Corrie immediately after incident

Most eyewitness accounts of Corrie's death have come from her fellow ISM activists, while a couple came from Palestinian witnesses. These accounts have changed over time and continue to differ on key details.

According to these accounts, the group had been attempting to obstruct the bulldozers for roughly two hours. These attempts consisted primarily of kneeling or standing in front of the bulldozers, and shouting at the bulldozer operators through a megaphone. The protesters report that the bulldozers had generally ignored their presence and that only by diving out of the paths of the bulldozers at the last minute had they avoided being crushed. Roughly an hour before the fatal incident the IDF used tear gas and fired warning shots to disperse the ISM protesters, who later regrouped.

A fellow ISM activist stated that she was "kneeling in front of the bulldozer and tried to scramble out of its way , said Tom Dale, 18, a British protester who said he was standing several yards away. "She thought they'd stop, but they kept going," Dale said. "She tried to stand up and fell over backwards. The bulldozer dragged her under its blade. About four of the internationals [protesters] gestured to the driver . . . but it kept going, and she was under the main body of the bulldozer."

Crushed beneath the debris and the bulldozer, Corrie suffered massive internal injuries. The bulldozers and tank withdrew, and Corrie was rushed by a Red Crescent ambulance to the local Al-Najar hospital where she died of suffocation due to her injuries (some reports have her dying in the ambulance). She became the first ISM volunteer to die in the conflict in over two years of ISM activities in the Palestinian territories.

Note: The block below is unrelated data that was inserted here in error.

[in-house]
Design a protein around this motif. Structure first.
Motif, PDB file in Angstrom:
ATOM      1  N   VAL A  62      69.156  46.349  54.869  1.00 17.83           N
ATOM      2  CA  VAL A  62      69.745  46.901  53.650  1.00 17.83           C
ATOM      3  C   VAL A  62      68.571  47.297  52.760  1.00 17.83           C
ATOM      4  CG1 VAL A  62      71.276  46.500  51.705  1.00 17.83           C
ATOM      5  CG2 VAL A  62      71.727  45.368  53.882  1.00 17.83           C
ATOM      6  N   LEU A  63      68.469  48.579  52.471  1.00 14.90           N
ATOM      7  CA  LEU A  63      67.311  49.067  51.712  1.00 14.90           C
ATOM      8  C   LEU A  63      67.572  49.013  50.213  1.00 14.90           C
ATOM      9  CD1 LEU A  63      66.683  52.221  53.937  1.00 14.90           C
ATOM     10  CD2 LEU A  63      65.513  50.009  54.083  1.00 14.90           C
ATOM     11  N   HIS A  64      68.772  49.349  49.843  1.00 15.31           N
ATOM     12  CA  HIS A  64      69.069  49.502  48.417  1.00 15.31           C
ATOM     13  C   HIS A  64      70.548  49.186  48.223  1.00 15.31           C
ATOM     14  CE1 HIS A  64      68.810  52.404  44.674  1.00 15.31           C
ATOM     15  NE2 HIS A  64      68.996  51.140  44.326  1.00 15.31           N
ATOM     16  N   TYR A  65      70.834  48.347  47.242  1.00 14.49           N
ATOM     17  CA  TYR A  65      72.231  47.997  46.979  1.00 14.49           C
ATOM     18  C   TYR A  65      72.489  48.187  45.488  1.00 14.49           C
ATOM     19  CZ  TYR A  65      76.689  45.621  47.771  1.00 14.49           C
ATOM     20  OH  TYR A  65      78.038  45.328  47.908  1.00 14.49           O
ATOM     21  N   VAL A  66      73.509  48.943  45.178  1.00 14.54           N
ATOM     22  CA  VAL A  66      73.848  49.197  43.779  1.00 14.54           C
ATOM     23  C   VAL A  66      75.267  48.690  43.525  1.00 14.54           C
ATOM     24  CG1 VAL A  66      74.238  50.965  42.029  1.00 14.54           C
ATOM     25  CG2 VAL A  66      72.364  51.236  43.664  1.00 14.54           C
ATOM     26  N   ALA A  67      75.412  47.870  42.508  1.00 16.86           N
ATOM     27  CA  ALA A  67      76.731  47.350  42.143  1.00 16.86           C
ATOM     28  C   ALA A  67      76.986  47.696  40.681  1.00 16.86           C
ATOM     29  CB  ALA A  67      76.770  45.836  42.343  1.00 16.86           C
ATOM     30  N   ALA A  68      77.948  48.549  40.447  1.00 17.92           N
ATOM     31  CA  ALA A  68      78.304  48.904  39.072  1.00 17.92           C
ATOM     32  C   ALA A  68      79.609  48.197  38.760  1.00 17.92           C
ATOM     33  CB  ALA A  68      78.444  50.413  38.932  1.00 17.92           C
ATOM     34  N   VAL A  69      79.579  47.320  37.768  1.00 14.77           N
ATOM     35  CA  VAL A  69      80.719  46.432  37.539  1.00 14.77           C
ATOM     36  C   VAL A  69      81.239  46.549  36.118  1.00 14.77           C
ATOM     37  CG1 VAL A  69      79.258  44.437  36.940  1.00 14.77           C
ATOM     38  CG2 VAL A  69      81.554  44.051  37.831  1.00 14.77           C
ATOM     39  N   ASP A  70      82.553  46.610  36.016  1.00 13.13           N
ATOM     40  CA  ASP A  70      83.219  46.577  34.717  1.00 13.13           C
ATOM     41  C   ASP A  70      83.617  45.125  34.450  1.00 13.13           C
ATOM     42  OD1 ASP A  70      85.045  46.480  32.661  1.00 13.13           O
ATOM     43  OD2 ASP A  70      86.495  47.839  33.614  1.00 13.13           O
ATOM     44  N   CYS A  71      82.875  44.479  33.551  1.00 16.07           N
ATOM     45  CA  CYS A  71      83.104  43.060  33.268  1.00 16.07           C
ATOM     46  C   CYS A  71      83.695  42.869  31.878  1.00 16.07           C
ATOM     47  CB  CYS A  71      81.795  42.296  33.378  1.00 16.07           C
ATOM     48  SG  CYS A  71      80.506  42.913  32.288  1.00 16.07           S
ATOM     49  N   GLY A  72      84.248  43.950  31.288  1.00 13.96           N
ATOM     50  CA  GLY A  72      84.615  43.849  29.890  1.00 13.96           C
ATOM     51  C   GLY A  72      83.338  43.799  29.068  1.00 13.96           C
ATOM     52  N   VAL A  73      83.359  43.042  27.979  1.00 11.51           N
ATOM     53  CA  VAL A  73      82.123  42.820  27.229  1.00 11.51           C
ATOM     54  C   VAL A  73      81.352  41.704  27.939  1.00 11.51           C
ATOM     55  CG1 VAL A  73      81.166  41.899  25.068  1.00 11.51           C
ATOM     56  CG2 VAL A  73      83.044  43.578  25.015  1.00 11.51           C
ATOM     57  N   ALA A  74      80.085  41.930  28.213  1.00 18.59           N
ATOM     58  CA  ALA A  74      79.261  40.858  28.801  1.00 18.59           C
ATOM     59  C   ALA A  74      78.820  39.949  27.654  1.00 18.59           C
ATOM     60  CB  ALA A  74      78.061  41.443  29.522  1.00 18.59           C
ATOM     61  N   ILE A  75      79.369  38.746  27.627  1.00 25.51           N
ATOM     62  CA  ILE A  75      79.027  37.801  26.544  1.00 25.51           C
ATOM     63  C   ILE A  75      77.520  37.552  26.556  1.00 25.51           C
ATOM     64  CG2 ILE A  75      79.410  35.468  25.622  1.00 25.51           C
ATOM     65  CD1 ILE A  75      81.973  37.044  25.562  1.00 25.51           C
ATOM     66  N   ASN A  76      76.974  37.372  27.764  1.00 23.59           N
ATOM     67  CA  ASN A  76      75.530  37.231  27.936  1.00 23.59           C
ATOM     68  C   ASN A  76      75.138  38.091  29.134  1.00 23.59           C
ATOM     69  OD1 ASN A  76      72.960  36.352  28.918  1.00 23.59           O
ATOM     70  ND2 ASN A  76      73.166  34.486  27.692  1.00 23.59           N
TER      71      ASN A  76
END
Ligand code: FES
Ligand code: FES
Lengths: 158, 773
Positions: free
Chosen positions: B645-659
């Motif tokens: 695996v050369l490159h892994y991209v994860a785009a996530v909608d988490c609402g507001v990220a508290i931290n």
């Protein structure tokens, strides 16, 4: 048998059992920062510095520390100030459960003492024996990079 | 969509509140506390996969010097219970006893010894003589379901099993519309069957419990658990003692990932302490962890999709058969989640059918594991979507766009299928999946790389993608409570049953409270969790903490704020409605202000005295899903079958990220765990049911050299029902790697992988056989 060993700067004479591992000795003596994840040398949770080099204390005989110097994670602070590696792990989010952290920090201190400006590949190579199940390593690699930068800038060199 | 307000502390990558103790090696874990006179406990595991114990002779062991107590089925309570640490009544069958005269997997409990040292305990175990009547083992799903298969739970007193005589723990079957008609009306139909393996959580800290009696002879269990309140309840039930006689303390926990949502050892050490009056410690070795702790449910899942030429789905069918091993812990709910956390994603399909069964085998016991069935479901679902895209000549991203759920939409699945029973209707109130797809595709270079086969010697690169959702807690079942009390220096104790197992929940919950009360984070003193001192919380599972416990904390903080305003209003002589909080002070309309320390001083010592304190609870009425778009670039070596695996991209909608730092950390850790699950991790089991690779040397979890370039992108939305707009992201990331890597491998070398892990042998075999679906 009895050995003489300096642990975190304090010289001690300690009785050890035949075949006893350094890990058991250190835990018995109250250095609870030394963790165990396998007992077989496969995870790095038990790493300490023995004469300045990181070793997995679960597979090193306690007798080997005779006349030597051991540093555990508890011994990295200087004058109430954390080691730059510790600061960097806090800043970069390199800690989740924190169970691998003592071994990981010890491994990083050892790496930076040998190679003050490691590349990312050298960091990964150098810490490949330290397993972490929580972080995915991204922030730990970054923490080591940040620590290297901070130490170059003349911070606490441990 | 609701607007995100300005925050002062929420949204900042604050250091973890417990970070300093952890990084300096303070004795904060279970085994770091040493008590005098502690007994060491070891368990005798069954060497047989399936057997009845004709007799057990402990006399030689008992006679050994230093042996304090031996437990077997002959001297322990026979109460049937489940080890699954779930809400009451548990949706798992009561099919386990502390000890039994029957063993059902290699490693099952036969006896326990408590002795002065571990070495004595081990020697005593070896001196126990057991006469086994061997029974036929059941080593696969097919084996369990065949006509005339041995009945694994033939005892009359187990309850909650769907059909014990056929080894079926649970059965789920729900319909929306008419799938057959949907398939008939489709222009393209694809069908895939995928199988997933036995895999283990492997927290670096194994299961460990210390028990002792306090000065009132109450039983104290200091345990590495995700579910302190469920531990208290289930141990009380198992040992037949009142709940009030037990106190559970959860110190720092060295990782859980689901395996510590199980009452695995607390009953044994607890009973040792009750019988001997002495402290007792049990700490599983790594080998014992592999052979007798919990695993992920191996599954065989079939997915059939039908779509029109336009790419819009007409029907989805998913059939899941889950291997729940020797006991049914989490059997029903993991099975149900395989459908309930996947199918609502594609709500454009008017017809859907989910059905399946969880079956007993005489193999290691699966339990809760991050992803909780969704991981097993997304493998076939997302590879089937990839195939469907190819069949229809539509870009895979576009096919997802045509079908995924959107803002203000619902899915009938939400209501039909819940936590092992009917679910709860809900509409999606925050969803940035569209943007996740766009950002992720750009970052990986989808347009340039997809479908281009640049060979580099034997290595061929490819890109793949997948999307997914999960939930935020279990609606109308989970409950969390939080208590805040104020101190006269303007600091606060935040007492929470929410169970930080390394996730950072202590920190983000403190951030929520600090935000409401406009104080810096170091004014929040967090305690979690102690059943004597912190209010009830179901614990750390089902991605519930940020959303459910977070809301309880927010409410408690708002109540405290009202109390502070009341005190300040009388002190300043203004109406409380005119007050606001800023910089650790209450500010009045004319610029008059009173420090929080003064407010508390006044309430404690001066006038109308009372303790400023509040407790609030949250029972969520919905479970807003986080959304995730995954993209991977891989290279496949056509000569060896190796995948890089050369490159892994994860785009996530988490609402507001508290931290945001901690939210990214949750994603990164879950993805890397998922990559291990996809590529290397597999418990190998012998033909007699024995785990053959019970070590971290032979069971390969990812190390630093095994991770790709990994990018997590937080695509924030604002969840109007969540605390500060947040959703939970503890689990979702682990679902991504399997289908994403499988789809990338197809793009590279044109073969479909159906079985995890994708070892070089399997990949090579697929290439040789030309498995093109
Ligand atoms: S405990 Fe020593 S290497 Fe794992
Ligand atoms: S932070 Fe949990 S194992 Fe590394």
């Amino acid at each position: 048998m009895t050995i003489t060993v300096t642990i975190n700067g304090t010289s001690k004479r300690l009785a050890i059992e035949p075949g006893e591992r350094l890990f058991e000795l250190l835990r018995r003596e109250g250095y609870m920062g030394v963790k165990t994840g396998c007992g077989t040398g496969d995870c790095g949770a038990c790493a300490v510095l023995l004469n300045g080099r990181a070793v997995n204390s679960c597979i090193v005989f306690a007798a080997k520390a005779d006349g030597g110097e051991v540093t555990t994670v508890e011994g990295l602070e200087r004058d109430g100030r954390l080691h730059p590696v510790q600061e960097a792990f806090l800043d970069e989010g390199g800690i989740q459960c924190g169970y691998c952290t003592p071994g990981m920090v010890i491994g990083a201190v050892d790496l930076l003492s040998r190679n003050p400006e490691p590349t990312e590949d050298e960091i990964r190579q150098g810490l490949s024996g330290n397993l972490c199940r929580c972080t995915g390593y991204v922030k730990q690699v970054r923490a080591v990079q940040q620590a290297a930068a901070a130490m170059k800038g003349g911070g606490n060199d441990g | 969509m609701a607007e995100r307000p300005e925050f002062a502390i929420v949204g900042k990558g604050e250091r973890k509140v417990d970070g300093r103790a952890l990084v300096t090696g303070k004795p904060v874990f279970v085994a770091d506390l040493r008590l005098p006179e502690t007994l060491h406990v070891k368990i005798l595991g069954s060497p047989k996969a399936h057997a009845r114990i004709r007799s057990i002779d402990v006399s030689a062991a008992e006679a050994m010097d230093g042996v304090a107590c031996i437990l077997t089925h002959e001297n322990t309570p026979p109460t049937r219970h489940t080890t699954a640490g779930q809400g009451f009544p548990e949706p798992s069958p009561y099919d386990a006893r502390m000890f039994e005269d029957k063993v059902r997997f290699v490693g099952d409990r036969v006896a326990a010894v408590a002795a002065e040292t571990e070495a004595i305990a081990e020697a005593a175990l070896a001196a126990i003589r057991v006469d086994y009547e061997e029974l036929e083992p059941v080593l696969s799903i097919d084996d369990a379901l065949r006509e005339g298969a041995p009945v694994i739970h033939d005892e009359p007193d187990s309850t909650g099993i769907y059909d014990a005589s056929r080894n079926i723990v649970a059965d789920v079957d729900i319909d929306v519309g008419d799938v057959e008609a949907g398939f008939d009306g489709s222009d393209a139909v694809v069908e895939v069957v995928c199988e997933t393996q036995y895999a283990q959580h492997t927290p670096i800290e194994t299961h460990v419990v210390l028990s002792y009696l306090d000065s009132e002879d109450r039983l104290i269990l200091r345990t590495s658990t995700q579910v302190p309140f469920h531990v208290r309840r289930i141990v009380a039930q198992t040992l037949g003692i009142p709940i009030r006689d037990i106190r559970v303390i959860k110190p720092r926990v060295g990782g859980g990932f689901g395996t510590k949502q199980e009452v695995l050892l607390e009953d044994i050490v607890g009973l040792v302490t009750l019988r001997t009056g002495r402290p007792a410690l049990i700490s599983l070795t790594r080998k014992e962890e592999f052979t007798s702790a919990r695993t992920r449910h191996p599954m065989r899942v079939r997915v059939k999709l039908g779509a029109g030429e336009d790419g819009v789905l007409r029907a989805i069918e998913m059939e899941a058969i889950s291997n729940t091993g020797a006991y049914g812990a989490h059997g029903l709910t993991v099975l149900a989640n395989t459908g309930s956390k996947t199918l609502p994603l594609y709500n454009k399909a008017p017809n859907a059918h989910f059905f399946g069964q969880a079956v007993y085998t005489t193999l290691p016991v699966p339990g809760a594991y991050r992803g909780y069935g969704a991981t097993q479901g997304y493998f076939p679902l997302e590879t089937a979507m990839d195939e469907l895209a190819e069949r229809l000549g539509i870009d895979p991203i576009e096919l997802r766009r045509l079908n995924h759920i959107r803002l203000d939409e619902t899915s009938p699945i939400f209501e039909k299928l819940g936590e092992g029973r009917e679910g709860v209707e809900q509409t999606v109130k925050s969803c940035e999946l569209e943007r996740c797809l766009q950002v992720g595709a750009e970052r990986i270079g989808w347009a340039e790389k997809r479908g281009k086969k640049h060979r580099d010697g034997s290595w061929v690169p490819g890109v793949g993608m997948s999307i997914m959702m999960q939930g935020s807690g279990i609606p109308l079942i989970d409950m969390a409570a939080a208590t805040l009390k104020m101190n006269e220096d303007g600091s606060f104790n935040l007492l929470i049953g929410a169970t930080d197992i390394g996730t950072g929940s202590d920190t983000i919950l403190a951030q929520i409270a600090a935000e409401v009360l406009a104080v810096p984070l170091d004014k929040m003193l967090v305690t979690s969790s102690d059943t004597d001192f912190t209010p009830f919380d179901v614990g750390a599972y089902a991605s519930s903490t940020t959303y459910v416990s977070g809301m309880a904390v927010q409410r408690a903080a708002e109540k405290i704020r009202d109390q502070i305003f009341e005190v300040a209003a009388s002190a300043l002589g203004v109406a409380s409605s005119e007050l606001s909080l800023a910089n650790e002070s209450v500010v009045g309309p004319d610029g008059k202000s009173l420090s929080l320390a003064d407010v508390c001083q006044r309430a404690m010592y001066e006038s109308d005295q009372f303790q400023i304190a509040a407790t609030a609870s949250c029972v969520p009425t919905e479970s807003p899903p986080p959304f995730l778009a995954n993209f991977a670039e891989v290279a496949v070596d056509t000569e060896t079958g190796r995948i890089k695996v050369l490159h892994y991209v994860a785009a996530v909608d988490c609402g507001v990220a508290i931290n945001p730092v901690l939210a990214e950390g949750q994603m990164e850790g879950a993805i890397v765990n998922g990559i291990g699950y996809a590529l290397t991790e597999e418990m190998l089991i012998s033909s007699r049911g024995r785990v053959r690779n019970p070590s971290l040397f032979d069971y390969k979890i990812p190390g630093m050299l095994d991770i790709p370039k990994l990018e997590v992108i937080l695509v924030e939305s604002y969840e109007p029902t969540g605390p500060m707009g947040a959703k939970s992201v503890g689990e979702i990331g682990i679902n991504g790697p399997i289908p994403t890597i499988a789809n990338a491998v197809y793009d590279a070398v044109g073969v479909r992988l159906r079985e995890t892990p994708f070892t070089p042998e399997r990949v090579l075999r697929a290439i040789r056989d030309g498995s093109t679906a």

Corrie's death was foreshadowed by an email she had sent a month earlier where she wrote "[We] stood in the path of the bulldozer and were physically pushed with the shovel backwards, taking shelter in a house. The bulldozer then proceeded on its course, demolishing one side of the house with [us] inside."

Reactions to Corrie's death

Peace vigil in Olympia
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Palestinian memorial

Capt. Jacob Dallal, a spokesman for the Israeli army, called the incident a "regrettable accident," but said Corrie and the other ISM activists were "a group of protesters who were acting very irresponsibly, putting everyone in danger - the Palestinians, themselves and our forces - by intentionally placing themselves in a combat zone".

On March 17, Amnesty International USA condemned the killing of Rachel Corrie and called for an independent inquiry. Christine Bustany, their Advocacy Director for the Middle East, said that "US-made bulldozers have been 'weaponized' and their transfer to Israel must be suspended".

On March 18, there was a memorial service at the place where Corrie died, attended by between 40 and 100 people, including Samir Masri. The service was interrupted by an Israeli APC which fired tear gas and stun grenades. A Palestinian couple (Salah and Rania Noureddine) named their newborn child Rachel Corrie saying that their daughter would be "a symbol for them and all honest people in the Arab world".

An official investigation of the event by IDF found that Corrie and other ISM members had engaged in "illegal, irresponsible and dangerous" behavior, and that Israeli forces were not at fault. The IDF intends to implement changes to avoid future accidents, including arresting activists or forcing them to disperse, and installing video cameras on bulldozers to cover blindspots.